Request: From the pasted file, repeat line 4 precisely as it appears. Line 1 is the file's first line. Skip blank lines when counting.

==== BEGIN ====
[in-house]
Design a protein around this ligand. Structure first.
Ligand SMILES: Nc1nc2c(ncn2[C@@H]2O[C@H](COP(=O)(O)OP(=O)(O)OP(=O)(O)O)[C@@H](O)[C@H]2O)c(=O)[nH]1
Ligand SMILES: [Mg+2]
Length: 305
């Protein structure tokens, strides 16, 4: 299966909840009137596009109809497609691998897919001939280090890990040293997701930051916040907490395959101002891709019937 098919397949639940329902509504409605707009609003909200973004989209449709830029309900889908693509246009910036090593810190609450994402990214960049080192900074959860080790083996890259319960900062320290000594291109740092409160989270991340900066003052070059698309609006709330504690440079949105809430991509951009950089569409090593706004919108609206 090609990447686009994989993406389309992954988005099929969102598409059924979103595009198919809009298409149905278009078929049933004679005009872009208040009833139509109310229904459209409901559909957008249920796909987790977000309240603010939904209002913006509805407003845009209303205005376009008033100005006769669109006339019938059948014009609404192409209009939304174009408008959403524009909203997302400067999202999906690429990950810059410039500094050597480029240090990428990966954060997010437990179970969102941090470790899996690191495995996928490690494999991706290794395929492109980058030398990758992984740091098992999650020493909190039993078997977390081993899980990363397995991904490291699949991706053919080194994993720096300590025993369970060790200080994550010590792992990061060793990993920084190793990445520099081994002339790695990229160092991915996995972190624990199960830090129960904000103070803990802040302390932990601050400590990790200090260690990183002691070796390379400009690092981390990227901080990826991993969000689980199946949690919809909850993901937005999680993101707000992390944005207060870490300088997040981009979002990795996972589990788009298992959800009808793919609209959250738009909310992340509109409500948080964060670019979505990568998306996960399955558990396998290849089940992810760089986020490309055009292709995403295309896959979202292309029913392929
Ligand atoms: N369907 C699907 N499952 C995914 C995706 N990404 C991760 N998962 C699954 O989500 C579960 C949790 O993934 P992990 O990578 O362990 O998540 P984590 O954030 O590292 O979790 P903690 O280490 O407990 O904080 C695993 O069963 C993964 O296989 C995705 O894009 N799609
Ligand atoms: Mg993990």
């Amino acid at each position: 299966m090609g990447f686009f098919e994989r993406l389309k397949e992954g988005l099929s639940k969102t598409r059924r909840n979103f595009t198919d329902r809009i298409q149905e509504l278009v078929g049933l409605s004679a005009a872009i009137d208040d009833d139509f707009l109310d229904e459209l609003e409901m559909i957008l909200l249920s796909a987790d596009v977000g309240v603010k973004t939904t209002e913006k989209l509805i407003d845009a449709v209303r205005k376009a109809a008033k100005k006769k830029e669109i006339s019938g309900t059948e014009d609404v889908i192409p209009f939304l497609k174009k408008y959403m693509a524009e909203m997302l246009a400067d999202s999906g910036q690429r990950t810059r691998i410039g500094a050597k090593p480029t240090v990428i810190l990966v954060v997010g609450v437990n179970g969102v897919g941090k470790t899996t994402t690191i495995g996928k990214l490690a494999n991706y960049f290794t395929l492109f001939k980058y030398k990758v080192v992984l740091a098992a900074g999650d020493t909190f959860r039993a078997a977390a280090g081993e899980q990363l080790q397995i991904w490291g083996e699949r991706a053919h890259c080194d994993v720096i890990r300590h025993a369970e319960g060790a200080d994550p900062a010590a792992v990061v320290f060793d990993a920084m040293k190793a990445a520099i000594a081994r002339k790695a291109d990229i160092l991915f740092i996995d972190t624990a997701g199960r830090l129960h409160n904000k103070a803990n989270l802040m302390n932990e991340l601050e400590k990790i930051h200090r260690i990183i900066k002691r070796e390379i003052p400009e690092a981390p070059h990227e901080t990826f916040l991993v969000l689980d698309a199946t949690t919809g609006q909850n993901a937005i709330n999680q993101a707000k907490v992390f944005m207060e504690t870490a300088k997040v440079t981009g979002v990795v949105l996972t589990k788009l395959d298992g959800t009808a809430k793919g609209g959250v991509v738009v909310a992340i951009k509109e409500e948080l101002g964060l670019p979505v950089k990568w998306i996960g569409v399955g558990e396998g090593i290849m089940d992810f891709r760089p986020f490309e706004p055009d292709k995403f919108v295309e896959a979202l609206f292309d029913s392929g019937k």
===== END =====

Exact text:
Ligand SMILES: [Mg+2]